Does the private key have special mathematical properties?

[I read that there are private keys with lengths other than 256 bit. I only talk about 256 bit private keys here. Are other lengths even common and supported by popular wallets like Electrum?]

Let's say I generate a private key `privateKey0` using a key generator. Then I choose some number `n` ∈ [1, 10^10]. Given that `privateKey0`+`n` < 2^256, will `privateKey1` := `privateKey0`+`n` be a good private key?

A good private key of course needs to be valid and as strong as one generated by a private key generator. This does not take into account that one of them being made publicly available can lead to the other one being publicly available. However, using both productively must not weaken their secrecy for the second one to be considered a good private key. So let's assume that their corresponding public keys and the addresses for these are generated and both of them receive some amount of money.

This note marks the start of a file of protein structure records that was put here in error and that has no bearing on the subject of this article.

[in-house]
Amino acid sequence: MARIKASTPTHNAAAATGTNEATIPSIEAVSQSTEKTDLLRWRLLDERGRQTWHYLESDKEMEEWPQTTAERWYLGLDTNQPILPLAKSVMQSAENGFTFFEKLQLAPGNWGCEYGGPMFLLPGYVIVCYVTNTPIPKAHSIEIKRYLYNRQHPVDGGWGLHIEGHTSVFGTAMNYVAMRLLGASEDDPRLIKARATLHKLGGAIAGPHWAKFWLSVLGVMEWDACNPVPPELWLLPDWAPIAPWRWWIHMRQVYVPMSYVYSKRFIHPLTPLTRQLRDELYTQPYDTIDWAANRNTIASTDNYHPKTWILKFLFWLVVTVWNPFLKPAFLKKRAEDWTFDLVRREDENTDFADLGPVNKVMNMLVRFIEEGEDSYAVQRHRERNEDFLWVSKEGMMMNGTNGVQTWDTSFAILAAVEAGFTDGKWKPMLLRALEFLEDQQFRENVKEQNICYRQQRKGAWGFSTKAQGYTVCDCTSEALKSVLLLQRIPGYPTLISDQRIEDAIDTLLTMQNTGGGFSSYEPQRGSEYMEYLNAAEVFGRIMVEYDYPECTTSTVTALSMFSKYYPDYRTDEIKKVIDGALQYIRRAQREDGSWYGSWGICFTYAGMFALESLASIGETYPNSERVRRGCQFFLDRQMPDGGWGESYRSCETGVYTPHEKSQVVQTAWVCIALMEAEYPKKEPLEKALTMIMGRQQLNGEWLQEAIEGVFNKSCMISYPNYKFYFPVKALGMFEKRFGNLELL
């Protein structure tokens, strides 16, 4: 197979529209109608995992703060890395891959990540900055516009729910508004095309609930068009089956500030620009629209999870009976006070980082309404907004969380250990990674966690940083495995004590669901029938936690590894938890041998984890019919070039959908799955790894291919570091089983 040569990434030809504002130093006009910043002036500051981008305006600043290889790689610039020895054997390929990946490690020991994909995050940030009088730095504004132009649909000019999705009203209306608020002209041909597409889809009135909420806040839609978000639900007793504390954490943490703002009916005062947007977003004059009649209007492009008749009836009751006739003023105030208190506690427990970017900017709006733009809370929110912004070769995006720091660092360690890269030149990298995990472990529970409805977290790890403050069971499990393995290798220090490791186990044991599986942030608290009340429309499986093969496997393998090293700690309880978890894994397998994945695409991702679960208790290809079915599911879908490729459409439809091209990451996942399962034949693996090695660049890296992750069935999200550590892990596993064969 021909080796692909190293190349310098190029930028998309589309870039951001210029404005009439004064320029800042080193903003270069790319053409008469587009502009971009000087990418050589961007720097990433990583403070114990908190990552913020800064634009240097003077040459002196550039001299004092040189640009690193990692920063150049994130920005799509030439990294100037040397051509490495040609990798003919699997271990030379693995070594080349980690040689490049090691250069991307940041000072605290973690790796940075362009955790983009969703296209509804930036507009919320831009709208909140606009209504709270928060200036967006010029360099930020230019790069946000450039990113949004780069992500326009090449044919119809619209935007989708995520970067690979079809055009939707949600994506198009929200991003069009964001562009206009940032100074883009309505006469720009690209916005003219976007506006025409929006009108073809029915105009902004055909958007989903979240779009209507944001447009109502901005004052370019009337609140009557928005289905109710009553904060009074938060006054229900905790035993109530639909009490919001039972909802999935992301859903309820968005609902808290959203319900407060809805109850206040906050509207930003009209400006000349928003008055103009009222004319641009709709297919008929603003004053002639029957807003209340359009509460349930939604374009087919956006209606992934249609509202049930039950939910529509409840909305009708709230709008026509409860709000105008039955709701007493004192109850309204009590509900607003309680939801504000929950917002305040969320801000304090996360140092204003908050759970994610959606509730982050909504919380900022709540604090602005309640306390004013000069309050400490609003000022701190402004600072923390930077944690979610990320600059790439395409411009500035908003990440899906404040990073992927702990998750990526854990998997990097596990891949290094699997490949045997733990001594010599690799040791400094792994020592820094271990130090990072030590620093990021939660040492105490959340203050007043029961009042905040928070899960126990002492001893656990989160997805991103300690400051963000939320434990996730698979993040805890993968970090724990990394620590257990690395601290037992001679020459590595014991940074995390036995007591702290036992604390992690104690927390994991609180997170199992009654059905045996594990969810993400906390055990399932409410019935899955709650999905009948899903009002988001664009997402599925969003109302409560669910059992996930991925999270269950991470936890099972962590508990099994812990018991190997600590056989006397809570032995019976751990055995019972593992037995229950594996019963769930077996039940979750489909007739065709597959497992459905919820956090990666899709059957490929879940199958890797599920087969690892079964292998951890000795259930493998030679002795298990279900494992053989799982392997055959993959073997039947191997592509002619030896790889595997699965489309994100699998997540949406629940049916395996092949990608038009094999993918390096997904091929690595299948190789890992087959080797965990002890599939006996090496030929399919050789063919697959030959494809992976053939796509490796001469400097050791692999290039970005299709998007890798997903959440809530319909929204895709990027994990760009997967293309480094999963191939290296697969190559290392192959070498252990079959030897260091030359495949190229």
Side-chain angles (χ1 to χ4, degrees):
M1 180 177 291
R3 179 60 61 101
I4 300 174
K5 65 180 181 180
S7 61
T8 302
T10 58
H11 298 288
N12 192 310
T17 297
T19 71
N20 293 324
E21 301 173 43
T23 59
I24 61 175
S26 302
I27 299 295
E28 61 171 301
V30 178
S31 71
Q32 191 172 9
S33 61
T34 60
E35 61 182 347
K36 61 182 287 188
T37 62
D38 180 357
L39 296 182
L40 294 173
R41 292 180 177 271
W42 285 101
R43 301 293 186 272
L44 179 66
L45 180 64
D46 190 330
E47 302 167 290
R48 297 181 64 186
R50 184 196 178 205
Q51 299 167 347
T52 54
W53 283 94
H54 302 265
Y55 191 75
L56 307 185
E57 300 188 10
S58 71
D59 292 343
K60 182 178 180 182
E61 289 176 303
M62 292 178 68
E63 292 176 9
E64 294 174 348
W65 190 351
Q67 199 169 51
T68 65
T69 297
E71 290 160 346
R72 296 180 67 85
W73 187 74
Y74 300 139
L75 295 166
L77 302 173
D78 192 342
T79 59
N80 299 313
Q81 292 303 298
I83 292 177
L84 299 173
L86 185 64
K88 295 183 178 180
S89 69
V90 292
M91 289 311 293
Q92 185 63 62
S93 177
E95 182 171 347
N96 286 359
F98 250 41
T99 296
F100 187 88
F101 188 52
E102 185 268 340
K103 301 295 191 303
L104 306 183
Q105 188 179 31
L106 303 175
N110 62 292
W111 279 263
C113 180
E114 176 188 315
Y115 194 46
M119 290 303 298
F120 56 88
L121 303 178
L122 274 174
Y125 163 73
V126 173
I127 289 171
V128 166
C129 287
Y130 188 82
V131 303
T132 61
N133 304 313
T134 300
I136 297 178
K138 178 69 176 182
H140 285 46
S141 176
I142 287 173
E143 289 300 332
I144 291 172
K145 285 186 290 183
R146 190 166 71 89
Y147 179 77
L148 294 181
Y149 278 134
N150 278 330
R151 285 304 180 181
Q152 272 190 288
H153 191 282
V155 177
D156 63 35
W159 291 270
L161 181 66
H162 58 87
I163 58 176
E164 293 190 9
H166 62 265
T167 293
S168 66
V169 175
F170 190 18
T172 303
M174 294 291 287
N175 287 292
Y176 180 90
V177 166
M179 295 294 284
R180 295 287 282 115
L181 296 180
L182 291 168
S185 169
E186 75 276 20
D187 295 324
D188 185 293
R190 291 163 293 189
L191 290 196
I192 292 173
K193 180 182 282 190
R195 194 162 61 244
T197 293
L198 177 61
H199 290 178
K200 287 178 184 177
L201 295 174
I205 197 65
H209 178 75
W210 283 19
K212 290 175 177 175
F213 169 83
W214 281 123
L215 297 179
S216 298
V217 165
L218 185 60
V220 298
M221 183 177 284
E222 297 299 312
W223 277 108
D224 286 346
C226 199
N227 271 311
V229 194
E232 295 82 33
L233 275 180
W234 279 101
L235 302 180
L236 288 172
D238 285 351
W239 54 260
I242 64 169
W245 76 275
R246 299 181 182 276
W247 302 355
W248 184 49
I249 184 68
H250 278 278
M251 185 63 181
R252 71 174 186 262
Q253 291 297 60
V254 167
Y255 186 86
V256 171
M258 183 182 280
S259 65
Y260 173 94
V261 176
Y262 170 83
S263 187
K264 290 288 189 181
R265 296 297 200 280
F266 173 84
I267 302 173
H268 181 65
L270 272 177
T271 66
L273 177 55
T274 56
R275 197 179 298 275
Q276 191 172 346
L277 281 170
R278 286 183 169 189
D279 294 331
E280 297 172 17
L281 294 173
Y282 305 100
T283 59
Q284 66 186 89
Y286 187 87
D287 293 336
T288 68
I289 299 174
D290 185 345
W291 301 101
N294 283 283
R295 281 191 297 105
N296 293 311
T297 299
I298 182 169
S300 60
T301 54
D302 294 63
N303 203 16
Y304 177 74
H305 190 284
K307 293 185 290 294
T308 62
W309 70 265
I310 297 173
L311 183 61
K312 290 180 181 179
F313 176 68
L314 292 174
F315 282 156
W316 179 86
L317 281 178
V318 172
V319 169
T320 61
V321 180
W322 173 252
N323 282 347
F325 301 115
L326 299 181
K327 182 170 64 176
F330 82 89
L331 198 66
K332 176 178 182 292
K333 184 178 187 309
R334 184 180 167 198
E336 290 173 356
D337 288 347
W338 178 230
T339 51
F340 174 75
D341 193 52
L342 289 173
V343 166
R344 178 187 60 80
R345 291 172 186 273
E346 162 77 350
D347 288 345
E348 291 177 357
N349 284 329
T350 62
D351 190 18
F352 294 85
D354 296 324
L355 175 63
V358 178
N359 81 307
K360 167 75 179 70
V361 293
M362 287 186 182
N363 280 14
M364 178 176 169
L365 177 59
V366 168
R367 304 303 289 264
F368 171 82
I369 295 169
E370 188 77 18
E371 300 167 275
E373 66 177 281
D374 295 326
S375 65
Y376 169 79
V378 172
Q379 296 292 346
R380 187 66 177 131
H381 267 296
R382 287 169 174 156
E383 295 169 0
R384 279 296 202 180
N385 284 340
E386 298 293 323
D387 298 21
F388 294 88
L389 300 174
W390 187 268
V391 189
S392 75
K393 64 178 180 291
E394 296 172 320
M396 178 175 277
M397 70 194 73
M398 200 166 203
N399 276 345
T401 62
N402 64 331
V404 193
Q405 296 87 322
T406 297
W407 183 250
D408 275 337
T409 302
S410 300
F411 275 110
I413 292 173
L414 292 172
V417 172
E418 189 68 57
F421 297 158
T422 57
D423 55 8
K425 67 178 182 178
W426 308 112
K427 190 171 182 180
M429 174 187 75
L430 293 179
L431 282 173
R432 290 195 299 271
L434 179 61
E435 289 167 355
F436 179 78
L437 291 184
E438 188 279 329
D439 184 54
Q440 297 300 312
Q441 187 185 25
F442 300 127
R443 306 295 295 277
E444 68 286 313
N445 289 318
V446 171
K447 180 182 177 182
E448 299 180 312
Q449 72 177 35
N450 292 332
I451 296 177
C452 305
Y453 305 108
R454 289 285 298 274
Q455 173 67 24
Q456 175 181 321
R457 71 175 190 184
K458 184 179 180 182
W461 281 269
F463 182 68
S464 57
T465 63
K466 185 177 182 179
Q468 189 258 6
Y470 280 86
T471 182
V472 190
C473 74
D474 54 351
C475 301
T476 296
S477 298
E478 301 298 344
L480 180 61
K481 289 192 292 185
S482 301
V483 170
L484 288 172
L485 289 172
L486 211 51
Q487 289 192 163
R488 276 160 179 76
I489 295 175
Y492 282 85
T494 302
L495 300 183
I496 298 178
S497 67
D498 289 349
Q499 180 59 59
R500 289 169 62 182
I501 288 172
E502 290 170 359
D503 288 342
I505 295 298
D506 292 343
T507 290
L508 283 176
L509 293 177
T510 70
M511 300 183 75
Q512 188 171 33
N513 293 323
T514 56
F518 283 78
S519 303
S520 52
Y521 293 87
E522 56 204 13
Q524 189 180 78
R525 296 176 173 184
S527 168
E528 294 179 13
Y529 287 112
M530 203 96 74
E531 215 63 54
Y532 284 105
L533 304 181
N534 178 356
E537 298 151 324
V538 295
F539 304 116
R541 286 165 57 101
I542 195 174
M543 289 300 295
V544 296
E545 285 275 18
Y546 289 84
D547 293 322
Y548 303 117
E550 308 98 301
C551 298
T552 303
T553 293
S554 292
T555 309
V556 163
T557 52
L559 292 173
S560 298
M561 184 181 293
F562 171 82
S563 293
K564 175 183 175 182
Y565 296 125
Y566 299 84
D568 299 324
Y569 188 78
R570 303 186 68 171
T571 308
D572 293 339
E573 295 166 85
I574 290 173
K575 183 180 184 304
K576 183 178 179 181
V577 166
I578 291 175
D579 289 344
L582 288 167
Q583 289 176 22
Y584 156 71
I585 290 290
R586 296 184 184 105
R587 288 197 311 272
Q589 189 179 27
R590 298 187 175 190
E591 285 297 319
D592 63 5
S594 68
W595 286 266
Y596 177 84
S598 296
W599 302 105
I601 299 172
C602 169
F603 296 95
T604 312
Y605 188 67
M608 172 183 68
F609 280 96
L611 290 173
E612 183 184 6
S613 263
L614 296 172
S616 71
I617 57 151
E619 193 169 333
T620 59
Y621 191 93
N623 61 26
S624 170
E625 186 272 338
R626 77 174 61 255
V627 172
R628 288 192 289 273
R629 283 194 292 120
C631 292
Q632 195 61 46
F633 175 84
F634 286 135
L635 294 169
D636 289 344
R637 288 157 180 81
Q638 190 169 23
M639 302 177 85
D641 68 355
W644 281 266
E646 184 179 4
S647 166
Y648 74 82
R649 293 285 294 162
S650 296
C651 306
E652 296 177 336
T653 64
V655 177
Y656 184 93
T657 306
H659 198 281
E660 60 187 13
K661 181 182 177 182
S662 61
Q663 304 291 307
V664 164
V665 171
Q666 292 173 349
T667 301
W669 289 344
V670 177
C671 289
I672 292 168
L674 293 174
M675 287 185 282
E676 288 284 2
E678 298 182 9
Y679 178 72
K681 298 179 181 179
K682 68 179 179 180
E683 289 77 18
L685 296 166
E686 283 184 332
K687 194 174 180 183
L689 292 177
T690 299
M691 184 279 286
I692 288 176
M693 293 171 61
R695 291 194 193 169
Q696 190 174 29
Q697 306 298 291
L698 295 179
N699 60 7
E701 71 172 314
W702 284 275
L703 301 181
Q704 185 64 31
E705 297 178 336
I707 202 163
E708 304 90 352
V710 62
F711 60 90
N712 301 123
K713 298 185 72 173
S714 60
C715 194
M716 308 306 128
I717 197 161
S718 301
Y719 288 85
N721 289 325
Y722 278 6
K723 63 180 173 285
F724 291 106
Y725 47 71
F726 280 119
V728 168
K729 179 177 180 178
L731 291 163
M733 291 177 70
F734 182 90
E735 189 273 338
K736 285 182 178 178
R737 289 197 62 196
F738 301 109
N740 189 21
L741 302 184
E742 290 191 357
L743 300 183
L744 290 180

I don't know anything about Bitcoin private keys (but am aware that an instance of the wallet import format is just the result of an easy-to-do operation on a big number as described here). Do they have to have special mathematical properties or can I just choose any number ∈ [2^255, 2^256 - 1] and use it as a private key?

Some websites say that you can just use a random number. Are there any disadvantages to this compared to using a key generator?